He has exhibited internationally and participated in many residency programmes, including at Cove Park in Scotland, Arizona State University Art Museum, Cranbrook Academy of Art in Detroit, and at the Victoria and Albert Museum in London. His work is featured in public collections such as the Crafts Council, the V&A and York Museum, and he won the British Ceramics Biannual award in 2013 and the Jerwood Makers Open in 2012.
What were you doing prior to applying to the Royal College of Art?
After finishing my BA at Brighton, I spent two years working in an architectural ceramics practice. Thinking about it now, a totally amazing job. We built the workshop from scratch, making the studio desks, painting the floor; but the nine-to-five hours meant there was little time for my own work. After two years, I knew it wasn’t how I wanted to be working. I thought, my way out is the RCA.
What was the Ceramics & Glass Programme like?
I’d never studied just ceramics before, so I was struck by the range of work produced on the Programme. I wasn’t a part of the world of traditional pottery and ceramics so it was a big challenge for me to differentiate myself from that. You just have to try to get what you want out of it, and I think I did that. I had as many tutorials as possible with a wide range of people at the College. I knew it was a precious moment to be working stuff out. My time there made me take my work more seriously and gave me more confidence. Now that my days are often shaped around looking after my young son, I’m even more aware of how valuable that time was. A big thing for me was just having all of your time devoted to your work – I think that’s such a luxury. I don’t have that now, and I don’t think I ever will again.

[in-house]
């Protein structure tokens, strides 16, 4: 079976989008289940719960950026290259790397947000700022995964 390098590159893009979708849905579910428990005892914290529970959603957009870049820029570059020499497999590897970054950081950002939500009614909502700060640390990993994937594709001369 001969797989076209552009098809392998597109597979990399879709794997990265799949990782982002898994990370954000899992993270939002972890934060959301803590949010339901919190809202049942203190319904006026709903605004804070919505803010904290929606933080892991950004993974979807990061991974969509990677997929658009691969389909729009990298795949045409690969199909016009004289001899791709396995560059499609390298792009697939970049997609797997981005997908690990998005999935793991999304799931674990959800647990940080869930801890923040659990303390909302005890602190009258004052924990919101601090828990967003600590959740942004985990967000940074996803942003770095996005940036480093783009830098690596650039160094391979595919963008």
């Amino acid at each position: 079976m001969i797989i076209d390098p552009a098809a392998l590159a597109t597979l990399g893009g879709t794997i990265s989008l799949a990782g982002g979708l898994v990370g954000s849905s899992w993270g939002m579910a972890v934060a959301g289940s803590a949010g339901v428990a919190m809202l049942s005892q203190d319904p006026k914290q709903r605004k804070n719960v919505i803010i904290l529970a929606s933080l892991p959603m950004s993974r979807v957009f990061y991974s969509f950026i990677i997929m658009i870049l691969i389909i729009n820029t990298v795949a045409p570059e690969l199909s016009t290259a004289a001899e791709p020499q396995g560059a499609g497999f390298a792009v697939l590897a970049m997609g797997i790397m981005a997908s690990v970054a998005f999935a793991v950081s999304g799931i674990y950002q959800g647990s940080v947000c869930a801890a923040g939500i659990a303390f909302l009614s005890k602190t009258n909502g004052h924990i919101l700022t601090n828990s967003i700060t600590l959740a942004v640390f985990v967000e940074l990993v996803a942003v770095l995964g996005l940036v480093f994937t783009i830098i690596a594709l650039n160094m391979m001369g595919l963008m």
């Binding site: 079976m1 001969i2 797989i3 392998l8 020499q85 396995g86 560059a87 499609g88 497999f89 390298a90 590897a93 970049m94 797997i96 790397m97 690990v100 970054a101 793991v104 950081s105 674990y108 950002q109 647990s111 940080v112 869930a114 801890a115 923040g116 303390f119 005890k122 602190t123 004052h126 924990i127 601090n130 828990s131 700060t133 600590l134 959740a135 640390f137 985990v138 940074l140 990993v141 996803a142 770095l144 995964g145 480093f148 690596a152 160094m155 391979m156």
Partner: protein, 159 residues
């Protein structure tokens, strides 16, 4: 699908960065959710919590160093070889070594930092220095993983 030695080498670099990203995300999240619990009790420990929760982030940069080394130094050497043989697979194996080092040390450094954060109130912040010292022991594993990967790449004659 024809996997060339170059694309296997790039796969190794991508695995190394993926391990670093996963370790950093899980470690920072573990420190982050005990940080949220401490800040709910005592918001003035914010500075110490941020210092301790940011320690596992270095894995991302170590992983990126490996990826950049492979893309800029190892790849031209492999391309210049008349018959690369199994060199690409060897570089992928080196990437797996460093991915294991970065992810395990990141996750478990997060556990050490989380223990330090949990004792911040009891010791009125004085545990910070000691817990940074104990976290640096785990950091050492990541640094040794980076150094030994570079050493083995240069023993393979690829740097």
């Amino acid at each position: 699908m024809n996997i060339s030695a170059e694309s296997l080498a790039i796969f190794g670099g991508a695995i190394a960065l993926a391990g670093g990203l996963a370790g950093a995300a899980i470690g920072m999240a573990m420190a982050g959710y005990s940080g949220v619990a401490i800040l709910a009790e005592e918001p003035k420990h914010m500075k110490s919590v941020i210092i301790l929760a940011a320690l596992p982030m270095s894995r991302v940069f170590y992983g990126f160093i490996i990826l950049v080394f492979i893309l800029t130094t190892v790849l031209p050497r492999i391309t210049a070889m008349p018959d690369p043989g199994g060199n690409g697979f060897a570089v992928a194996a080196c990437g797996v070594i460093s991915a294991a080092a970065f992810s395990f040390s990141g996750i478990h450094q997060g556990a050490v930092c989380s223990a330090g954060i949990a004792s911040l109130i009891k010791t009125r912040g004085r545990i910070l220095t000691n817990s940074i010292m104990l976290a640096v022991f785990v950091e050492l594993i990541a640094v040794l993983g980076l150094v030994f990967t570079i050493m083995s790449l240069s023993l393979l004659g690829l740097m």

Did the MA at the RCA open doors for you?
Doing artist residencies is one of the best things about how I’m working now, and that all started thanks to the RCA. Soon after graduating in 2007, I spent five months at Konstfack University in Stockholm, a residency set up by the College. There was another residency in 2010 at Cove Park in Scotland and it was around that time that I was signed up to Marsden Woo Gallery. I didn’t know anything about how that world works, so I found it a little bit difficult initially. But now I’m happy with them, and it does feel like a validation as well. After that I won the 2012 Jerwood Makers Open prize and the British Ceramics Biennial award in 2013.
Do you have any advice for current or future students?
When you’re a student, I think you can become over-confident and believe that everything will fall into place as soon as you leave. But it takes time, and the most important thing you can do is to aspire to get better and to get more out of yourself. I believe that. It’s not easy, it’s very insecure, you don’t have money, you don’t have a proper job, you don’t really exist in the proper world – it’s very easy to question yourself. But you develop ways to deal with those insecure moments. And you keep going.
"A big thing for me was just having all of your time devoted to your work – I think that’s such a luxury."